5) KEEP TRACK DAILY
I recommend to have a planner or use an app on your phone to keep track of your progress. Maybe put a fun sticker on your planner when you complete an activity to make it fun! Another option is a Habit Tracker where you color in the square each time you complete an activity (this is a great visual motivator!). Try to keep your tracker updated daily or you will forget what you did, and might not give yourself credit for your work. Keep it in a location that is easy to see or in a location where you will have some down time to update it - maybe your desk or the kitchen table where you can update it after dinner. In short: put it somewhere easy to see and try to make it part of your evening routine.
Remember that it's normal to have times where your goals don't get accomplished or you fall short. Maybe you got sick or you got crazy busy with work or family and were too tired. That's okay - life happens! Just get back into it when you can and don't beat yourself up. If your goal is important to you and you are willing to pick up where you left off, then you can achieve it even with lapses in effort or setbacks. Just keep doing your best and don't be discouraged.
PRO TIP: Keep your planner updated every day even if you don't reach your goals or you have a bad day. If you only did half of what you normally do or you splurged on calories write it down. Keep the daily tracking habit consistent and you will be more likely to jump back in and have shorter breaks. If you are purposefully taking a break from your goal (let's say you are sick, or there is a special event, or you have a bigger priority take over) write down what kept you from reaching your goal in your daily update and when you plan to start again. Then when you look back at your monthly progress you won't see an unexplained week-long gap - you will see the extra hours you took on at work that prevented you from your goal.
REAL LIFE STORY: I used to bite my nails. It was a habit that I had ever since I could remember. I used to bite them so much that they would bleed and it hurt to wash my hands or handle acidic foods. I was ashamed about the way they looked, and how compulsive the habit was because I would do it without thinking. When I was about 23 (so let's say I had 15 years of constant nail biting under my belt) I decided that this was a habit I wanted to break. The reason why I bring this up is because it took me about 3 years to fully stop the habit. That is over a thousand days of trying! At first I could only go a couple of days, then a few more, then I would get stressed and have a major setback and bite them all. It was an uphill battle as a trained myself to notice when I was doing it, to try to handle my anxiety in other ways, and to decide that my compelling reason outweighed the enjoyment (maybe familiarity) that I got out of the habit. I progressively got better at it the more I tried, but man-oh-man did I have setbacks - probably on the order of hundreds of them. I never gave up. I got better over time. And now my lapses are so rare that I consider myself to have broken the habit for good!
6) PLAN YOUR REWARD & CELEBRATE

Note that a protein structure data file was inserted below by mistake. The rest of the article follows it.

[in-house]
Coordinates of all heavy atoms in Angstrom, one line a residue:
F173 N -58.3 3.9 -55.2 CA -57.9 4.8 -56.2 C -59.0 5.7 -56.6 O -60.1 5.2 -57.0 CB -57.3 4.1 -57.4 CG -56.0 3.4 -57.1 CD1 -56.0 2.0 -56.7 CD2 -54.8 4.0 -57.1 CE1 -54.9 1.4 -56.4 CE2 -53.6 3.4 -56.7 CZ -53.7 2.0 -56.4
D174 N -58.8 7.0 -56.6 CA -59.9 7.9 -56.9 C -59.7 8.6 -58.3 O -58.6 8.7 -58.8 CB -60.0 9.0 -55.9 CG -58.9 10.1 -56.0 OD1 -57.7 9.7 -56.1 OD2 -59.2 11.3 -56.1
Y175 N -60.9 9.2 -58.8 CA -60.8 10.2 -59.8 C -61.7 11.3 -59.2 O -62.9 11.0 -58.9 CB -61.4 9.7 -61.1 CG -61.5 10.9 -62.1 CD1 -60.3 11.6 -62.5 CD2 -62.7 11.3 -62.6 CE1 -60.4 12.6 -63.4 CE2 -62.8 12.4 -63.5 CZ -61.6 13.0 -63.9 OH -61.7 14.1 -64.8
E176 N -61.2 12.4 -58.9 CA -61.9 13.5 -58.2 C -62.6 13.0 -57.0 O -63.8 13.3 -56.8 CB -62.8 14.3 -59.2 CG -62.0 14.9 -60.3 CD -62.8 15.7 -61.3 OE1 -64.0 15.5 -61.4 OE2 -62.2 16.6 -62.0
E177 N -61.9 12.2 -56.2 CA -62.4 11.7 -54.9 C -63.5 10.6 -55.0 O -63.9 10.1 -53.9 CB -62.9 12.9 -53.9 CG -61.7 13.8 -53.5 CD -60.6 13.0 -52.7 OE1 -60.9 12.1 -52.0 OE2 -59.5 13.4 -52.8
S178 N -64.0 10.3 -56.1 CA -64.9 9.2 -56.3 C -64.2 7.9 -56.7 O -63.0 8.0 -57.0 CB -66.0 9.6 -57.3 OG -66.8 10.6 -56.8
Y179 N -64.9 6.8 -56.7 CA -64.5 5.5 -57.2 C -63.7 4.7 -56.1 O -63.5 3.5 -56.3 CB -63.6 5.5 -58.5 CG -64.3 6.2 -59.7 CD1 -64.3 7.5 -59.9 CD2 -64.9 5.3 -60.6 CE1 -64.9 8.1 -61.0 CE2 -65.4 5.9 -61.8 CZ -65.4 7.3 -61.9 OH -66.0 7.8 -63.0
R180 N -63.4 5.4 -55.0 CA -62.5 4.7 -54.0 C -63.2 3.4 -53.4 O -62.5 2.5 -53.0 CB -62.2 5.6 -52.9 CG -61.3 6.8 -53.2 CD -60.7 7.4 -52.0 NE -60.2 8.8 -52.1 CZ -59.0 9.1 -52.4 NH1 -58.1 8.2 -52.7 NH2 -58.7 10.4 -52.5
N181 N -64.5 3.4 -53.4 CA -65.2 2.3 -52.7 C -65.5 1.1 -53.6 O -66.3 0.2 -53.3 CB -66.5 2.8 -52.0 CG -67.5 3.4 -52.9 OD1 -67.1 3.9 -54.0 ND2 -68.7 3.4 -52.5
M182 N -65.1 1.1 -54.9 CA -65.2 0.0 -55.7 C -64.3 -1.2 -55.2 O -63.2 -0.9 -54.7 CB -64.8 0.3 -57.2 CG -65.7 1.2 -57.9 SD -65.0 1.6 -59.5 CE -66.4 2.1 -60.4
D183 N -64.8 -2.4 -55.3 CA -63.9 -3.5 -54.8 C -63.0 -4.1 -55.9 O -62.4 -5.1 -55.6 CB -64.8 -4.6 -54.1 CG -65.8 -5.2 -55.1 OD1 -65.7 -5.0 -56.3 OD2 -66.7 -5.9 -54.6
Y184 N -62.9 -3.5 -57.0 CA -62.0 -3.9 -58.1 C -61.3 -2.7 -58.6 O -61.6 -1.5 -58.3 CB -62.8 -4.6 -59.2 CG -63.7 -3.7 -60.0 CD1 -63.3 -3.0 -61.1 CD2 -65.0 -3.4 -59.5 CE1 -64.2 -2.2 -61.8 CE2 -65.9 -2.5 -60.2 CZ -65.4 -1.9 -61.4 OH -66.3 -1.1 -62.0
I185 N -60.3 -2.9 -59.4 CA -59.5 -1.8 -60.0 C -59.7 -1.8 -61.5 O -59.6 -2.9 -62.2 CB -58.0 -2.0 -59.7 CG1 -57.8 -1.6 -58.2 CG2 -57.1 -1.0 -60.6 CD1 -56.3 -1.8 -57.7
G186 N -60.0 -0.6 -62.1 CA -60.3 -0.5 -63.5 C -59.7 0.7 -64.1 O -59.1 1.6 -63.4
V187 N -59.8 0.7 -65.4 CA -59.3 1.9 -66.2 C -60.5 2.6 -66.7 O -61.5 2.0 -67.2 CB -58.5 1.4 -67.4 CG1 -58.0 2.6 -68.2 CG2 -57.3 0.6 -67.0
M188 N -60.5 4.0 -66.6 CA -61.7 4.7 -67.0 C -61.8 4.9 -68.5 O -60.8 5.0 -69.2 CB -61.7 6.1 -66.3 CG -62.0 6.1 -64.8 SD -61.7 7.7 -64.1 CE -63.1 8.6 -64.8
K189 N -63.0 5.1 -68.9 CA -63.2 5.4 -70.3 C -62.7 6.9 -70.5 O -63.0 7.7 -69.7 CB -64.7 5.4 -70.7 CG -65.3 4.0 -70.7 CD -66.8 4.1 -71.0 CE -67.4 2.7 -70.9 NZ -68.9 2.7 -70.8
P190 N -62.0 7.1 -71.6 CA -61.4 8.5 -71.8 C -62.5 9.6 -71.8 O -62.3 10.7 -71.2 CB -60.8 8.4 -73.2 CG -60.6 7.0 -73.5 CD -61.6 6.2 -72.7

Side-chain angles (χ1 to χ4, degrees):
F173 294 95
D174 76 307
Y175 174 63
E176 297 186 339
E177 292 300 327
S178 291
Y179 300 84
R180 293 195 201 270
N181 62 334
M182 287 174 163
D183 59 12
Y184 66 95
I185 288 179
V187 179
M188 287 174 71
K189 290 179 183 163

Sometimes when we are trying to motivate ourselves to do something we don't enjoy or when we are tired that compelling reason isn't enough. I recommend that in addition to your reason that you plan a reward for yourself. Just make sure that your reward doesn't set you back on the goal that you just accomplished. For those of you with weight loss goals I recommend to take or buy a nice outfit that is a little too small for you and keep it hung up on the door in your closet. Every time you look at the outfit you can think to yourself "When I fit into this comfortably I am going to take myself out to a place I like wearing this to celebrate." Whatever reward you choose make it a positive motivator to help propel you forward along with your compelling reason.
When you meet a goal don’t immediately forget about it and move on to the next goal and set the bar higher. ENJOY IT! Tell yourself you did a good job. Do something to celebrate. Enjoy that feeling of meeting your goal for a little bit. There is a lot of potential for positivity and self esteem that would be a shame to miss out on after all your hard work. Tell yourself "Wow, I worked hard for this, and I am really happy that my work paid off. I feel good about myself for sticking with it and I feel more confident that I can follow through on my promises to myself!" Once you are done celebrating you can decide if you are happy with where you are at, or if you would like to make a new goal to further your progress.
7) RE-EVALUATE MISSED GOALS
Do you keep missing a goal? Has your goal turned into a source of negativity? Does it make you feel shame that you haven’t met it yet? If so you need to re-evaluate. Are you sure you want this goal? Why do you want it? Are you willing to make changes in order to meet it? If the answer is no then maybe it’s time to let that goal go and find a new one that is more motivating! Goals should be something to look forward to, so don’t waste your energy on ones that you aren't motivated to fulfill. A big word to watch out for is SHOULD. That is a trigger word that you should (ha!) watch out for. Because it signals that you don't actually want to do it. "I should take out the trash" can be translated to "I don't want to take out the trash, but there are reasons for me to do it." Sometimes we do things that we don't want to do because we want to avoid the consequences (like a stinky house full of trash), but when it comes to goals I really think it should be about what you actually want. That way you can gain momentum in your life towards the things that bring you joy and excitement.
Need some help clarifying or working through your goals? Please reach out to me! You can Schedule a Free Consultation about coaching. I would love to talk with you.
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Happiness & Wellbeing Life Coach
813-435-9442 (text or call)